He could only enjoy his palace in Bangalore for a short while as the British army took hold of Bangalore fort in 1791. Now all that remains is the Delhi gate and some parts of the thick fortress walls. 

Walk: 10 minutes from Jamia Masjid or flower market

Nearest Metro station: Krishna rajendra market

Bangalore Fort
Bangalore Fort

Tipu Sultan’s Summer palace

A 7 minute walk down the road from the Bangalore Fort is Tipu’s Sultan summer palace. This short walk gives you an idea how large the Bangalore Fort was as the palace was once within its walls. 

Tipu Sultan’s summer palace was built completely from teak wood, just like his summer palace in Srirangapatna. Tipu Sultan was known as the tiger of Mysore and fought several wars against the British army. He was eventually killed by the British in his fort in Srirangapatna in 1799. 

The small, but beautifully decorated palace also has a small museum about Tipu Sultan and his achievements. 

Walk: 7 minutes from Bangalore Fort

Nearest Metro station: Krishna rajendra market

Tipu Sultan palace in Bangalore
Tipu Sultan’s summer palace

Lunch at Vidyarthi Bhavan

After a long morning of walking and sightseeing it’s time for lunch. The South Indian restaurant of Vidhyarti Bhavan is on the way between Tipu Sultan’s palace and Lalbagh botanical garden. It’s the perfect lunch stop, not only because of its location, but most of all because of its excellent butter masala dosas. 

Dosas are south indian rice pancakes and they are one of my favourite lunch dishes when in South India. Vidhyarti Bhavan has served them for more than 75 years now. Many say they are the best you can get in Bangalore. The benne dosas are indeed very delicious and a must try.    

Walk: 10 minutes from National College Metro station, 30 minutes from Tipu Sultan’s palace (best to take the metro from Krishna rajendra market to national college metro and then walk, or take an uber). 

Nearest Metro: National college (green line)

Lalbagh Botanical garden

After a full stomach you can choose to either walk 20 minutes to Lalbagh garden or take an uber. Lalbagh garden is even older than Cubbon park. It was Hyder Ali that planned the botanical garden, but like the renovation of the Bangalore Fort it was Tipu Sultan that finished it. 

Tipu Sultan wanted it to be like the Mughal gardens from Persia that also adorned many of the Mughal architecture in places like Delhi and Agra. He imported plants and trees from different countries. 

When the British Army took over Bangalore they also took over the management of the garden. They planted more trees and added a bandstand as well as a glass house. 

Nowadays the garden is a very popular place for Bangaloreans and tourists. Although there are still bonsai, rose and lotus gardens, other parts feel more like a huge park with walkways and vendors selling cold drinks and snacks. Nevertheless it is a very nice place to hang out in Bangalore  

Walk: 30 minutes from Vidhyarti bhavan (consider uber)

Nearest Metro: Lalbagh (green line)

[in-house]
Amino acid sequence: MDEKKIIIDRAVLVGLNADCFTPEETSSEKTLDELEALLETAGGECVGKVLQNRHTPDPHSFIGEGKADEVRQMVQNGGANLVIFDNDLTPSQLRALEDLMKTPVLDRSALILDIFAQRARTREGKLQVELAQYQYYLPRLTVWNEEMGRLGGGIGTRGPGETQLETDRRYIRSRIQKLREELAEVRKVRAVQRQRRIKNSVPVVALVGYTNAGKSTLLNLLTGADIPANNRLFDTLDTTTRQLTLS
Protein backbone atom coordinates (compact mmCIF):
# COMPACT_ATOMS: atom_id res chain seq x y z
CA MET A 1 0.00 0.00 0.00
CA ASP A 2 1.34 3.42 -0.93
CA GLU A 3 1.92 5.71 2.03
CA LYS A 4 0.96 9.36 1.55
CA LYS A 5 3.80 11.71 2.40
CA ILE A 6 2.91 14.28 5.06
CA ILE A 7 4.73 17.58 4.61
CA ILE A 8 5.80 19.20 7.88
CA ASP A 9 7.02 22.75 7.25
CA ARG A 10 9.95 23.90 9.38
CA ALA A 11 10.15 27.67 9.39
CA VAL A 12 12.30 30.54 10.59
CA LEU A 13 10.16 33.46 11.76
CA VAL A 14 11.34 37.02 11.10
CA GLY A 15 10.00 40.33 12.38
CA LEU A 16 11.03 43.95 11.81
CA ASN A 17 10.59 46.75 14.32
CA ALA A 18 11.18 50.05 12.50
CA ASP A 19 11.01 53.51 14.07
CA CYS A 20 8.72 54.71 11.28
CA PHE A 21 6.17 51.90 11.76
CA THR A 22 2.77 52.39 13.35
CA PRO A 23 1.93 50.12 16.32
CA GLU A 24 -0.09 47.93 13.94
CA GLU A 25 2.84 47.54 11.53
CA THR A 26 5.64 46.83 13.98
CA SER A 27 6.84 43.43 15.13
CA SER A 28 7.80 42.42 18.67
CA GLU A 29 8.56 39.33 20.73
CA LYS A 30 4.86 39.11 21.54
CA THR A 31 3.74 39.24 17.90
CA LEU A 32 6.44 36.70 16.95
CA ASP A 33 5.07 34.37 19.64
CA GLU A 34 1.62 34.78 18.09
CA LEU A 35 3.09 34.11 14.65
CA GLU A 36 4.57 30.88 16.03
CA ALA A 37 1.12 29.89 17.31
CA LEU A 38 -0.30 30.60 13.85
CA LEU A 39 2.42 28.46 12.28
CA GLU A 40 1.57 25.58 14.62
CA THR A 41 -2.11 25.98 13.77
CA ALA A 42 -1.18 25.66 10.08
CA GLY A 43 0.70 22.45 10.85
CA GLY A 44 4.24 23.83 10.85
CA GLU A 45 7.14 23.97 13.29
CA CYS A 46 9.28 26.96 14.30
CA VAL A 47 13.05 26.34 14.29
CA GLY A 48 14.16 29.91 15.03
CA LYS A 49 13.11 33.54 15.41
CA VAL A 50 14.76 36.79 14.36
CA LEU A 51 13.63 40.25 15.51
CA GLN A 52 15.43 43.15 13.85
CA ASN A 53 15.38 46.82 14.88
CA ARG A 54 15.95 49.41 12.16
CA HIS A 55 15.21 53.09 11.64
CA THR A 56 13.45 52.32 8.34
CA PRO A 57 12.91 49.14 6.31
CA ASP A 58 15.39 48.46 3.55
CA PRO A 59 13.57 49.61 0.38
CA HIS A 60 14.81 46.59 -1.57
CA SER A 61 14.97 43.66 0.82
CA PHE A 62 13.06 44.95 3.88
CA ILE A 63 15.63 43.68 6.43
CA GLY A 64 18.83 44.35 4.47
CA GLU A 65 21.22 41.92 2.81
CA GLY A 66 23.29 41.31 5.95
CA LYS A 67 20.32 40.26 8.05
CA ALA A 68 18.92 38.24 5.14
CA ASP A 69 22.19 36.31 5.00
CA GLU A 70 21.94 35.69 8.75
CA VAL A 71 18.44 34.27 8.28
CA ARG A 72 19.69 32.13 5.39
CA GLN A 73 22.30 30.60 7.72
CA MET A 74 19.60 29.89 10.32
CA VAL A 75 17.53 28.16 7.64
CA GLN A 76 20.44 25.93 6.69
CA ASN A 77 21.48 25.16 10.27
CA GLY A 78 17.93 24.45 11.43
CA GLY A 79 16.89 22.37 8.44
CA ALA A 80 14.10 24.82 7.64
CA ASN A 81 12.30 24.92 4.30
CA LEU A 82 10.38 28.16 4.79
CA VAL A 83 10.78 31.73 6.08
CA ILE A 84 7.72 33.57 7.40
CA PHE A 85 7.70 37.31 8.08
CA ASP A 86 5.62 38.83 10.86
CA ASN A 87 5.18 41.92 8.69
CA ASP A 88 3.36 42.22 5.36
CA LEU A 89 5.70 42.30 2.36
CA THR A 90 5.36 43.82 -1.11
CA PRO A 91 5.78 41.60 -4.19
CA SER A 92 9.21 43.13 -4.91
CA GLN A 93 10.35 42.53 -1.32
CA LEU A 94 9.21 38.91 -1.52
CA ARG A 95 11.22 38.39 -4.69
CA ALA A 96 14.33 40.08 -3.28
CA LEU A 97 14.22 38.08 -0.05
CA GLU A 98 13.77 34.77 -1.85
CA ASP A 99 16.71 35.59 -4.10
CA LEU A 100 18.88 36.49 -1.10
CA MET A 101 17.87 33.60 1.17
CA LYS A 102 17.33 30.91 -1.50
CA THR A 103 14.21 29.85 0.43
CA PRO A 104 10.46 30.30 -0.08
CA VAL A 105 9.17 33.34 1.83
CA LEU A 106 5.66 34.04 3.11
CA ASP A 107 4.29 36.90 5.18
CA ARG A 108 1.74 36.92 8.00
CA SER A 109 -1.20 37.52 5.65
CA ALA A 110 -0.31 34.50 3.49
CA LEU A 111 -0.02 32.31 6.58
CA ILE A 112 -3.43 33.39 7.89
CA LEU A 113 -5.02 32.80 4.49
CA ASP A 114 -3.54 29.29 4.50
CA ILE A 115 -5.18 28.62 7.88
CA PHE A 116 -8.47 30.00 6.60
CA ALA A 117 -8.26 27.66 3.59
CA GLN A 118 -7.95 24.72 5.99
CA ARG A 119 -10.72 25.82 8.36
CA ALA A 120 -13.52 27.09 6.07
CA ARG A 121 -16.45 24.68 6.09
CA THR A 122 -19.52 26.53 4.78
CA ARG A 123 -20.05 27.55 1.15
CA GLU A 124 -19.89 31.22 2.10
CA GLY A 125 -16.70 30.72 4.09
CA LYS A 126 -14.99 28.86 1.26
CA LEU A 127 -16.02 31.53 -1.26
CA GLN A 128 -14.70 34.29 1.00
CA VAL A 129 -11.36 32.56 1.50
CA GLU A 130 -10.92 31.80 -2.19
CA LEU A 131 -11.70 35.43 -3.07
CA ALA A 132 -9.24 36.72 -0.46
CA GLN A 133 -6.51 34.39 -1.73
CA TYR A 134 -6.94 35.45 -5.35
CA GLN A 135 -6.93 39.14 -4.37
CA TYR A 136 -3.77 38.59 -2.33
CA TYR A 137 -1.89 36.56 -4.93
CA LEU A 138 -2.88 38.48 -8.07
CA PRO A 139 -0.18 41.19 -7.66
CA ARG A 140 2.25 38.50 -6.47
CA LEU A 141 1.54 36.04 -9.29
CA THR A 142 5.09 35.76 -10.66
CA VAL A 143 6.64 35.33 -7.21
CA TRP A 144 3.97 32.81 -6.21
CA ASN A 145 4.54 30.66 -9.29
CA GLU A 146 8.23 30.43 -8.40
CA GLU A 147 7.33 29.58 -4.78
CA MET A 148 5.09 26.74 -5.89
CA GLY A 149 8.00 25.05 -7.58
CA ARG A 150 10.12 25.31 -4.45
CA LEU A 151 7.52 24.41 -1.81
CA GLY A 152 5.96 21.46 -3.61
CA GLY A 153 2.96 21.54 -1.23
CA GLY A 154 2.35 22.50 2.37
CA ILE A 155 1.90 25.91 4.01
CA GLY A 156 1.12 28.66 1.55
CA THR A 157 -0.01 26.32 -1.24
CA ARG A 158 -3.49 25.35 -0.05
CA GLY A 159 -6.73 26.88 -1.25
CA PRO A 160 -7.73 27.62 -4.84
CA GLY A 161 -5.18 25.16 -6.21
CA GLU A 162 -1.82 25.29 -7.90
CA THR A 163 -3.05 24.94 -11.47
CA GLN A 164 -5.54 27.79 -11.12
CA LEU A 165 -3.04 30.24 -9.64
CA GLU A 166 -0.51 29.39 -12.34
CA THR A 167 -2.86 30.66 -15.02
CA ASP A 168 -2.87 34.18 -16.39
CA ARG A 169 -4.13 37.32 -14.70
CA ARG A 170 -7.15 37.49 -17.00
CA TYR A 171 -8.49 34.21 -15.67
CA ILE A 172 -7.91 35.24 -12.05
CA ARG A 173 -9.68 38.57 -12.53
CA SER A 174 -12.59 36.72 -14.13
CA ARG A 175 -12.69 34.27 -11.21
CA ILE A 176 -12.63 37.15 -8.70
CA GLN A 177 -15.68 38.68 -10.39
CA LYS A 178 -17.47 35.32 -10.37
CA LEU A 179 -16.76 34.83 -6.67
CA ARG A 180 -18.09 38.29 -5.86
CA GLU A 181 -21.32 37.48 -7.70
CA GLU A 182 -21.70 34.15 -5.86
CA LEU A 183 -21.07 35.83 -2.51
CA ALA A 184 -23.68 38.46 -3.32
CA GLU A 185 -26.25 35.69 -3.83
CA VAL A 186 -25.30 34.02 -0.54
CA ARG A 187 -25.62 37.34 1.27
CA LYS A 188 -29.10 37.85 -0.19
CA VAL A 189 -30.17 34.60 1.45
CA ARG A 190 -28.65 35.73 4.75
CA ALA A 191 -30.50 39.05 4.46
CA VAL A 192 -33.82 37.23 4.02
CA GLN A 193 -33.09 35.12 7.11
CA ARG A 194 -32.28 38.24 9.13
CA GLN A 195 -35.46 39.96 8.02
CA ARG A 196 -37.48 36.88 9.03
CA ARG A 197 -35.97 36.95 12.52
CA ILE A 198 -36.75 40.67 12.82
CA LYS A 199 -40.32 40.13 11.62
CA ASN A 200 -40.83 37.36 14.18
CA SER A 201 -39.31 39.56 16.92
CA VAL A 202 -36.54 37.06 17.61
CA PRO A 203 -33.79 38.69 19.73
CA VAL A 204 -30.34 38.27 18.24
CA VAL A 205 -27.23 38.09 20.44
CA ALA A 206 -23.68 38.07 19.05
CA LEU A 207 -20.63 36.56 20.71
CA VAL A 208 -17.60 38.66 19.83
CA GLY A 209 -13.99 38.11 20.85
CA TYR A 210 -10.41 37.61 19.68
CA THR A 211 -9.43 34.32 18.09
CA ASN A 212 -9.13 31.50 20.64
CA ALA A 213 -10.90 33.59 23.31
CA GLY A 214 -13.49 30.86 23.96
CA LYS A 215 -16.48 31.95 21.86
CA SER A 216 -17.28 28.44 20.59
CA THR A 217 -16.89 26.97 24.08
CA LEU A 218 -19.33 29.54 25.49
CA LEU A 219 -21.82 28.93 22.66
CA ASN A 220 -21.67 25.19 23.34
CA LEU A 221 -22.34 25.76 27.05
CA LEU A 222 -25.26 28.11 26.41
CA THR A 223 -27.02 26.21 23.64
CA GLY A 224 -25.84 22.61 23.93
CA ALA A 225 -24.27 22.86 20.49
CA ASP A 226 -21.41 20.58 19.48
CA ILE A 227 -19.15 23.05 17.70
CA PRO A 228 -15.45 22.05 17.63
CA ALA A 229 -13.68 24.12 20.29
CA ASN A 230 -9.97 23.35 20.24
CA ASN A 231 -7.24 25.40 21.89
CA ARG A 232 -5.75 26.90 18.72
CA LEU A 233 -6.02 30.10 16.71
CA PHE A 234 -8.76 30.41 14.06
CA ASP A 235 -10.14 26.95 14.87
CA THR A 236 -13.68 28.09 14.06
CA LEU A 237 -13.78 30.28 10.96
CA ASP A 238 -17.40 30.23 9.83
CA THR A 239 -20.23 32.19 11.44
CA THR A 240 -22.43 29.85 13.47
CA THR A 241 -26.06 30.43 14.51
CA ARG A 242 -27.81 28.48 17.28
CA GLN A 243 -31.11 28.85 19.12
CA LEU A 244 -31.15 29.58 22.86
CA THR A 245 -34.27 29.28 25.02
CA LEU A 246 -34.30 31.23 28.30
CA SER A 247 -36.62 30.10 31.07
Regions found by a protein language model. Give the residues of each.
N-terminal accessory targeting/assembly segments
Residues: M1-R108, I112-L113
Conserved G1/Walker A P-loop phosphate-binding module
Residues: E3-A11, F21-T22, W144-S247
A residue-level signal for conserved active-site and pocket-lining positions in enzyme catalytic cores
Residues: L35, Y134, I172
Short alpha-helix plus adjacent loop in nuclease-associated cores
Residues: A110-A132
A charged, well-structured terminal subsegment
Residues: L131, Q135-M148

Lalbagh garden in Bangalore
Lalbagh garden

Bangalore Palace

Bangalore palace. I am still not sure whether I liked it or not. I thought it was a weird structure that seemed out of place even in a city as eclectic as Bangalore. 

The massive palace grounds were bought by the Mysore Royal Family that wanted to have a place to stay for the Maharaja prince that was going to Bangalore for his education. 

In 4 years they built a somewhat pompous palace. Apparently the building was inspired by Windsor castle in England which explains the towers. Part of the palace is open to visitors. 

Inside you can visit an open courtyard on the ground floor. A decorated staircase with paintings leads to the yellow Durbar hall. The interior sometimes reminded me a bit of Mysore Palace because of the use of bright colours and pillars.  

The palace is still in the hands of the Mysore royal family. To earn money the palace also has an attraction park for kinds. Besides a well mainted small garden, most of the public grounds are neglected and only occasionally used for public events. 

Nearest Metro: there is not really a nearby metro station within walking distance, best to take an uber. 

Dinner at Mavalli tiffin room

Mavalli tiffin room (MTR) is Bangalore’s oldest and most famous restaurant. It is so popular that it is recommended to make a reservation in advance. There are several branches in Bangalore and they even went abroad to Singapore, Kuala Lumpur and Dubai. 

The restaurant at Lalbagh is where it all started in 1924. The menu is mostly South Indian dishes, but with some local specialities and inventions. Apparently Rava idli was a MTR invention during World War 2 when rice was in short supply. 

MTR is the best place to try food from Karnataka. One of their specialties is Bisibele bath. A rice dish with lentils, vegetables, nuts and spices. You can’t really go wrong with a South Indian thali either. 

Nearest Metro: there are several branches throughout Bangalore. Close to Bangalore Palace is Namma MTR

South indian thali
South Indian thali

More than one day in Bangalore

What if you have more than one day in Bangalore? Although with this Bangalore itinerary you have seen most of what the city has to offer there are also a number of day trips you can take. One of the most popular day trips is to the scenic Nandi hills or the ancient temple complex in Lepakshi.  

Bangalore itself also has a number of museums and temples that are not included in this itinerary. It would take years to visit all of Bangalore’s temples. Some noteworthy temples are the new and impressively large ISKCON temple, the Nandi temple with a large statue of the nandi the bull and the Kote Venkateshwara temple, the oldest temple in the city. 

Kote Venkateshwara temple
Kote Venkateshwara temple

One day in Bangalore travel tips

Where to stay in Bangalore